Why Do Women Fear Birth?

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Why Do Women Fear Birth?

birth powerFirst We Create the Problem, Then We Wonder Why

A Canadian Professor in Prince Edward Island is trying to better understand what’s behind fear as it relates to women who request a planned cesarean birth.

A historical look at birthing practice indicates that the birth paradigm shifted early in the 20th Century.  A change in cultural and social outlook shifted when women were convinced that hospital births were safer for mothers and babies.  Birth at home surrounded by skilled attendants, family and friends was not only an opportunity for families to form during times of joy and sorrow but it was a breeding ground for education for the younger generation that often witnessed the sights or sounds of birth and death.

In the hospital, women were isolated from family and friends, they lost touch with something innate and primal and opted for something controlled and medicalized. They opted for this isolation and change in practice partially out of fear. Maternal mortality reached a plateau, with a high of 600 to 700 deaths per 100,000 births, between 1900 and 1930.  The fear was real. Tangible. They also did this because of culture in society, hospital birth was optimal, affordable, safest and a symbol of social stature.  It was during this time that the number of babies women had would slowly dwindle due to women entering the work force and assisting war efforts both at home and abroad.  Women lost touch with themselves and with each other because the sense of community was altered.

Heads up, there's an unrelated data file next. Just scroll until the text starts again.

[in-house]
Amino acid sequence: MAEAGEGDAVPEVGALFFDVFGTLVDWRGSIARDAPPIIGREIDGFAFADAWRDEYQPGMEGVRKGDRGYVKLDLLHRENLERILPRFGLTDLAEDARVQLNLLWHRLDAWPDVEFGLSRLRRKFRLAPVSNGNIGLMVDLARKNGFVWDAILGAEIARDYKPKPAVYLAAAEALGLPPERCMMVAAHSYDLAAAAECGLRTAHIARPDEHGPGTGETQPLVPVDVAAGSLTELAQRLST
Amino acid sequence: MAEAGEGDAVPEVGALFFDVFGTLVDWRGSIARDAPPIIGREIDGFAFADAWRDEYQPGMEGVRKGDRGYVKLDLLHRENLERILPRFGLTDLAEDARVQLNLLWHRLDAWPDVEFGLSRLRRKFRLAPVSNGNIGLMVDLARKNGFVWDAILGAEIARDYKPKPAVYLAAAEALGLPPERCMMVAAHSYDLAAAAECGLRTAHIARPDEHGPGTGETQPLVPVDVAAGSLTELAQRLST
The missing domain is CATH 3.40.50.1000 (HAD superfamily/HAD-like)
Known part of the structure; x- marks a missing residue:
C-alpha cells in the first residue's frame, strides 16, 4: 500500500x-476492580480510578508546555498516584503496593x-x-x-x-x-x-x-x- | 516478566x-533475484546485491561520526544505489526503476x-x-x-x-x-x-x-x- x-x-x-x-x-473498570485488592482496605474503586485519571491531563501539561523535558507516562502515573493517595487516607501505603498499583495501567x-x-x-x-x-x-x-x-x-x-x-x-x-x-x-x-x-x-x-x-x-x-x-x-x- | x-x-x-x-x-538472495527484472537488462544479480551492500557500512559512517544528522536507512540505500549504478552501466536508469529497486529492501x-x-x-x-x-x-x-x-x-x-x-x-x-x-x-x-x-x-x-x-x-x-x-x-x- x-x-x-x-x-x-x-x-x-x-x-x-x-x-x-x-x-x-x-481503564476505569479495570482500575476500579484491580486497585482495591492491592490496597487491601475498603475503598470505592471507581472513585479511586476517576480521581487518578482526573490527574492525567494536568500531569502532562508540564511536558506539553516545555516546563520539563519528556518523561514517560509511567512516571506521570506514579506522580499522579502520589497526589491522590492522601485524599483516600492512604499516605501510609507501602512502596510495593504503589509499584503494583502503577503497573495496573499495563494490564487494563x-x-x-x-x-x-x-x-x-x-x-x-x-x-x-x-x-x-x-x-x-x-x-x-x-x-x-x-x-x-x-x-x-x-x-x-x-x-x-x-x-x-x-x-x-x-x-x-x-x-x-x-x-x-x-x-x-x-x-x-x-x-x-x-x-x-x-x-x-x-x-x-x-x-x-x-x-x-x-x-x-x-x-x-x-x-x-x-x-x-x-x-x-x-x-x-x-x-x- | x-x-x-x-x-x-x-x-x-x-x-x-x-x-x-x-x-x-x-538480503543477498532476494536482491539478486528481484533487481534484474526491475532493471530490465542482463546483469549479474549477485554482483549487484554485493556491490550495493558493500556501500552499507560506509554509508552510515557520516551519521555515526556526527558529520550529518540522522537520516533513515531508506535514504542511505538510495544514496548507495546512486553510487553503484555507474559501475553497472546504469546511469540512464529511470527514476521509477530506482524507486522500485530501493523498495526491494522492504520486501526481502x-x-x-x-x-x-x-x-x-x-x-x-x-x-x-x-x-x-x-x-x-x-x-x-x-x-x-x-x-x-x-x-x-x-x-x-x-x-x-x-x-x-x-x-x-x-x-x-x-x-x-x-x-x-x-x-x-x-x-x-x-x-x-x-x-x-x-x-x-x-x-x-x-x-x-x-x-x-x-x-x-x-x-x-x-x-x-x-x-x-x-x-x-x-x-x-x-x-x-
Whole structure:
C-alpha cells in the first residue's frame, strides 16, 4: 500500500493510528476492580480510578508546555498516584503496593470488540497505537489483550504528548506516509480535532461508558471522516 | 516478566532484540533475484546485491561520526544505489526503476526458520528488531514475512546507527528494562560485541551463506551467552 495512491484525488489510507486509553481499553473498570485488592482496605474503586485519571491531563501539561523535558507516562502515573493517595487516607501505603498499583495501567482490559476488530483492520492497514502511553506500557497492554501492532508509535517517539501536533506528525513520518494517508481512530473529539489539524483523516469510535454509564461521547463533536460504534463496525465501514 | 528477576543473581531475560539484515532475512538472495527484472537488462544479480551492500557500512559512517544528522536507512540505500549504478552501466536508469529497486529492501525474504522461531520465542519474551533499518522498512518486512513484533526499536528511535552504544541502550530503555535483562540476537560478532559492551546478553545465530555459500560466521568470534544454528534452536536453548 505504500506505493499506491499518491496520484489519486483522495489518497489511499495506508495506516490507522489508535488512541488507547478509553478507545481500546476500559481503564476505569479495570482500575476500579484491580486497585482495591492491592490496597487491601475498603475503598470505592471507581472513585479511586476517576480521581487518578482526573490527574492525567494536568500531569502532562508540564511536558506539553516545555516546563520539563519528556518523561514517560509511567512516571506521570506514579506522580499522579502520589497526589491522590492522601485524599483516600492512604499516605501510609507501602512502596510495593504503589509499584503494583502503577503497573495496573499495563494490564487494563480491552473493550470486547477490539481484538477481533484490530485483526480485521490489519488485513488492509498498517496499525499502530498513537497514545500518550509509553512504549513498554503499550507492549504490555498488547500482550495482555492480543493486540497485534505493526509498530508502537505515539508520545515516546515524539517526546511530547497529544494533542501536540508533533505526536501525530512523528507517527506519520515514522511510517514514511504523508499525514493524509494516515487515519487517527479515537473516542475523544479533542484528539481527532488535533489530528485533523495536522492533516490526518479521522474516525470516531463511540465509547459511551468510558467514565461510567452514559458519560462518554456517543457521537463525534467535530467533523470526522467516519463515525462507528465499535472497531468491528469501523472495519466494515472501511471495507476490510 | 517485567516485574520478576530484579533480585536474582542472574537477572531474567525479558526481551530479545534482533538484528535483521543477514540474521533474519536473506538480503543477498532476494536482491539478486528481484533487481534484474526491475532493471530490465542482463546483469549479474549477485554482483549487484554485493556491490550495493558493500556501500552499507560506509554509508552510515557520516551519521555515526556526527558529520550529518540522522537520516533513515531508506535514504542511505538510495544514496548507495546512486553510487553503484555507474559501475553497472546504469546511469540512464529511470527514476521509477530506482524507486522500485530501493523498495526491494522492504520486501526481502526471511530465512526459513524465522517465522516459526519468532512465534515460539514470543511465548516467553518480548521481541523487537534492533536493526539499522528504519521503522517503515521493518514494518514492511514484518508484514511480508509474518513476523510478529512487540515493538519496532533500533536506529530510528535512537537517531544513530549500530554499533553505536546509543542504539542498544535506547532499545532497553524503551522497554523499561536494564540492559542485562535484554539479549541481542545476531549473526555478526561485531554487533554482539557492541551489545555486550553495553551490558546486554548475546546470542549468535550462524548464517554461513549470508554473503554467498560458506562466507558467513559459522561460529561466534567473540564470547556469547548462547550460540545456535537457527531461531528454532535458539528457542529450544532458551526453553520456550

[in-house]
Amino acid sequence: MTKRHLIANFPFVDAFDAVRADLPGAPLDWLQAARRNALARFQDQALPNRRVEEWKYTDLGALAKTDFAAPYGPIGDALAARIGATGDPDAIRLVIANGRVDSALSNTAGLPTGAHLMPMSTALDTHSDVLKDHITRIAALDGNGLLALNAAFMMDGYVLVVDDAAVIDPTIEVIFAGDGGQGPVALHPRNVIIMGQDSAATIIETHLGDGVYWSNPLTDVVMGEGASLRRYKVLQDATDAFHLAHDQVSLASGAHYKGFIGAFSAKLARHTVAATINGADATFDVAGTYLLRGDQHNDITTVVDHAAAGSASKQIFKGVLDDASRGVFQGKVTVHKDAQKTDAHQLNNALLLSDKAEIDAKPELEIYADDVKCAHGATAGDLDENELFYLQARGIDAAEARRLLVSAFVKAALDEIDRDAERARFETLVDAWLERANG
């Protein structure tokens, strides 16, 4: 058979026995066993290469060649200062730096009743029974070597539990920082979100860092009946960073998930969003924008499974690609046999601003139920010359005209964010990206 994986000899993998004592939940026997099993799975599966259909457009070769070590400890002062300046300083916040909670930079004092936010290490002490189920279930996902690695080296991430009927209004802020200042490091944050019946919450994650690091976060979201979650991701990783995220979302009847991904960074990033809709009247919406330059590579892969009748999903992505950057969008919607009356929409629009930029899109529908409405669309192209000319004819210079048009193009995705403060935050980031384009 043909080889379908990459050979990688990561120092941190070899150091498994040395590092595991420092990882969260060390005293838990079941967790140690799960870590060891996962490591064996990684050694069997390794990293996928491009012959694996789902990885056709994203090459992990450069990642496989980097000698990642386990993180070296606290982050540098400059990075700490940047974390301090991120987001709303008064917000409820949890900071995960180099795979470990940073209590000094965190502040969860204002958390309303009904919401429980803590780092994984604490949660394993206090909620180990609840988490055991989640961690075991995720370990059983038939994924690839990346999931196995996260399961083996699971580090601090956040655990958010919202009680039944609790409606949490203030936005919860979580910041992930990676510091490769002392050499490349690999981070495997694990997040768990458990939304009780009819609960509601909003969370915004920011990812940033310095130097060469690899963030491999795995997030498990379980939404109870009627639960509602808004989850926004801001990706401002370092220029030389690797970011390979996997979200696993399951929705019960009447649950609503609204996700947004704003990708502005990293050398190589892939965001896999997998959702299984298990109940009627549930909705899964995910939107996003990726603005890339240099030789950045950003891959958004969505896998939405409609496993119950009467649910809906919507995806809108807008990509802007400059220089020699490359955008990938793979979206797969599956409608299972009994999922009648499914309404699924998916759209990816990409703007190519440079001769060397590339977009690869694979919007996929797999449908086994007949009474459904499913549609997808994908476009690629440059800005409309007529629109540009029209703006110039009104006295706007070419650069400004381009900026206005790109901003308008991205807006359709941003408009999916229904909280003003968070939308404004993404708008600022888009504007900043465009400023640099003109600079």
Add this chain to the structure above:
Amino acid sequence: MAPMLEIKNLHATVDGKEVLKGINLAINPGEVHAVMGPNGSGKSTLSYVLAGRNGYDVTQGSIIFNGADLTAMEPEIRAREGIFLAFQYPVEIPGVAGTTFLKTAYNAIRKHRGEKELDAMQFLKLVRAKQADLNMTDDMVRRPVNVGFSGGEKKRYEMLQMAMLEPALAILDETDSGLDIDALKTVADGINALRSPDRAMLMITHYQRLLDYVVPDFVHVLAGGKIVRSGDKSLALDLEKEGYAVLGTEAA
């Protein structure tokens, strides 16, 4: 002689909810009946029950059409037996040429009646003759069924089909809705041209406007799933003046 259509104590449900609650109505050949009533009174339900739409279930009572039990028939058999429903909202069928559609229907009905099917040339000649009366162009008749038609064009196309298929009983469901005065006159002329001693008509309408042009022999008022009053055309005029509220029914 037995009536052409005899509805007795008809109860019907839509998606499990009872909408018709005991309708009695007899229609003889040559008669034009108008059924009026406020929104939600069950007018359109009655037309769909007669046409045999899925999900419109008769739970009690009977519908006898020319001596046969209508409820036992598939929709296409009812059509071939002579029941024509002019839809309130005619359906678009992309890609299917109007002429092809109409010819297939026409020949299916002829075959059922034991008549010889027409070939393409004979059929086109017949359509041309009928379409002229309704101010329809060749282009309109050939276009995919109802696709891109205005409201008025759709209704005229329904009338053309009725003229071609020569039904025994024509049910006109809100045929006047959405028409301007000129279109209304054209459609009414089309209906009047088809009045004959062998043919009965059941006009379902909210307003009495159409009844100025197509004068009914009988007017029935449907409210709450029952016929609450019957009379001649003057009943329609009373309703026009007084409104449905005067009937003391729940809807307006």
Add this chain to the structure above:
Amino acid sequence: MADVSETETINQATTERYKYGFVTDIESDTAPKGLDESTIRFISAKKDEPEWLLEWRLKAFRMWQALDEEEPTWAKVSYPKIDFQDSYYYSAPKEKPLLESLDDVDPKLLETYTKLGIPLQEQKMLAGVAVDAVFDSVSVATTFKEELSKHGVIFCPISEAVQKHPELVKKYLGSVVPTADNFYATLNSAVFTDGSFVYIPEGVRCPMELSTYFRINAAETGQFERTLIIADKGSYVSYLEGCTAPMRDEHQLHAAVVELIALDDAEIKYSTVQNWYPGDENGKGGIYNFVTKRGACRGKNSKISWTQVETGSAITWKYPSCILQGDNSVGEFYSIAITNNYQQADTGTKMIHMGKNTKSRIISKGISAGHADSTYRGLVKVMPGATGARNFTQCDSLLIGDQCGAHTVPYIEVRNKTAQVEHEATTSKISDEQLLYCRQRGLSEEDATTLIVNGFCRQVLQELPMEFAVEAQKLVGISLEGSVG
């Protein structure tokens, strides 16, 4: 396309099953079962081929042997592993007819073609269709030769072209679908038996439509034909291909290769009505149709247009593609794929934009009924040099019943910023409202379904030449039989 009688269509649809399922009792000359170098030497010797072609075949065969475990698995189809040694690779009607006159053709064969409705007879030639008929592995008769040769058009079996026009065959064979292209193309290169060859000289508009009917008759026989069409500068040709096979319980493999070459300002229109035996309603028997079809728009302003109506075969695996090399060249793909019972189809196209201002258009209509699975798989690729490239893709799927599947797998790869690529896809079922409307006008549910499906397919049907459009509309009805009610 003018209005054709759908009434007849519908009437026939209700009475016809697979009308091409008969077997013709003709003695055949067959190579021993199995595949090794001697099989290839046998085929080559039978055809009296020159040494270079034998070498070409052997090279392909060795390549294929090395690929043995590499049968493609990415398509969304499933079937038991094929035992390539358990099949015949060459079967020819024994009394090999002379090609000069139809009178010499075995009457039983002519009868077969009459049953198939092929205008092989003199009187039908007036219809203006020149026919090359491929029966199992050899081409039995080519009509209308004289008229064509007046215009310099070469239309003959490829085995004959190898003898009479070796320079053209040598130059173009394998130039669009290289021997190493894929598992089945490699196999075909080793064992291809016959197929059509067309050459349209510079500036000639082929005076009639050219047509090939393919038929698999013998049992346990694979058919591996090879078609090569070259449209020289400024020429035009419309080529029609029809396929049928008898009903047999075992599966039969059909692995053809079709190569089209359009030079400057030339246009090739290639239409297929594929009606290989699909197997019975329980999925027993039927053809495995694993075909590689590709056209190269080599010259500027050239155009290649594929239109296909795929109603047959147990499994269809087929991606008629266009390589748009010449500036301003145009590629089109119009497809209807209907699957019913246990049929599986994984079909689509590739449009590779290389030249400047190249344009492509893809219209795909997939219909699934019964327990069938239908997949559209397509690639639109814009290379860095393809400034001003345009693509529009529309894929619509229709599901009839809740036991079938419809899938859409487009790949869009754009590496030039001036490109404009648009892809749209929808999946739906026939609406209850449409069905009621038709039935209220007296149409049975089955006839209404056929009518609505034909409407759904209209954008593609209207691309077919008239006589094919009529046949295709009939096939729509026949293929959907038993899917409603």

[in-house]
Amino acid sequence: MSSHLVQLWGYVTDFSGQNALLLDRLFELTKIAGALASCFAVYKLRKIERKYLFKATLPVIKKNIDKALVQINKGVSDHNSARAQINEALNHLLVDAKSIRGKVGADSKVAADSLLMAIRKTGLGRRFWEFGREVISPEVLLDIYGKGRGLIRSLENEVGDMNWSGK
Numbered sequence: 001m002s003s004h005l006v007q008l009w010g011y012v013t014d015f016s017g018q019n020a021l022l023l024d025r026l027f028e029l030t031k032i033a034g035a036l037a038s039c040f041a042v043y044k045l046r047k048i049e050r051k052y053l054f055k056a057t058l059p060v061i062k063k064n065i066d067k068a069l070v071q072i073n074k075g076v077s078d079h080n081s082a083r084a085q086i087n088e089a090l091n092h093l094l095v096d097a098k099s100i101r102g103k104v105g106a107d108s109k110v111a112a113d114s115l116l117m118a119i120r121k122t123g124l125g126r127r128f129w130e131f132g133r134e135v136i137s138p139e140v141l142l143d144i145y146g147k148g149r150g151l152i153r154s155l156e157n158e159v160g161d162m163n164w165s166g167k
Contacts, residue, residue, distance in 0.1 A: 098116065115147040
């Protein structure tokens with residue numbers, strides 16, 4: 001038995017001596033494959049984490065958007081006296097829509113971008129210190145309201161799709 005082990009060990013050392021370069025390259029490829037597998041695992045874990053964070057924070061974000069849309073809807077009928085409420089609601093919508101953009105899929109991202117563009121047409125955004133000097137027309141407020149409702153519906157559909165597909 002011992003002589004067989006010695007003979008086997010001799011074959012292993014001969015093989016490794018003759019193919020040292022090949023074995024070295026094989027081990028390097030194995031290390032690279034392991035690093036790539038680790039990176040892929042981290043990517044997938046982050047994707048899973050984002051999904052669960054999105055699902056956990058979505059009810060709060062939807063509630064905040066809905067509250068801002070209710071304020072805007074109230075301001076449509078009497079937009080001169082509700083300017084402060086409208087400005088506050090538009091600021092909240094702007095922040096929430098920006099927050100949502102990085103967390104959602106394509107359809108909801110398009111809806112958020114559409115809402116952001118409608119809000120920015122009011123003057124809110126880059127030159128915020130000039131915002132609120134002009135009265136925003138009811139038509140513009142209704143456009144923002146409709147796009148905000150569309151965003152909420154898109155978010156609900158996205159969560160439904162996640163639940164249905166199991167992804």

Within a twenty  year time span, women stopped talking about sexuality and birth.  It was private  and considered a taboo subject by the time the 50’s roared in.  Women had given up on breastfeeding since the new medical recipe, or scientific formula, was best for growing healthy babies.   Young women were no longer educated by mothers, grandmothers and community wise women about menstruation, sex, childbirth, breastfeeding and they were not walked through the process as their own grandmothers had been.  Boys were taught nothing.  Good girls practiced abstinence.  We created an environment of secrecy and fear regarding sex and birth in order to protect women’s virtues. However, the cause and effect was that women lost touch with how their bodies worked because they were uneducated or poorly educated and did not have the visual, social and physical cues that had existed just two decades earlier.

In 1960, The Birth Control Pill revolutionized how women could take charge of their own fertility and gave them a sexual freedom that had not been experienced before.  The Pill came with its own problems. Current and ongoing research, over the past sixty years, has proven that altering one body system actually does affect all the other systems and the compensations that occur are not beneficial in the long term.  Documented side effects of this little pill include anxiety, depression, mood swings, weight gain, decreased libido, breast tenderness, (secondary) infertility and all of these effects bring on other problems that are not documented as related to hormonal birth control.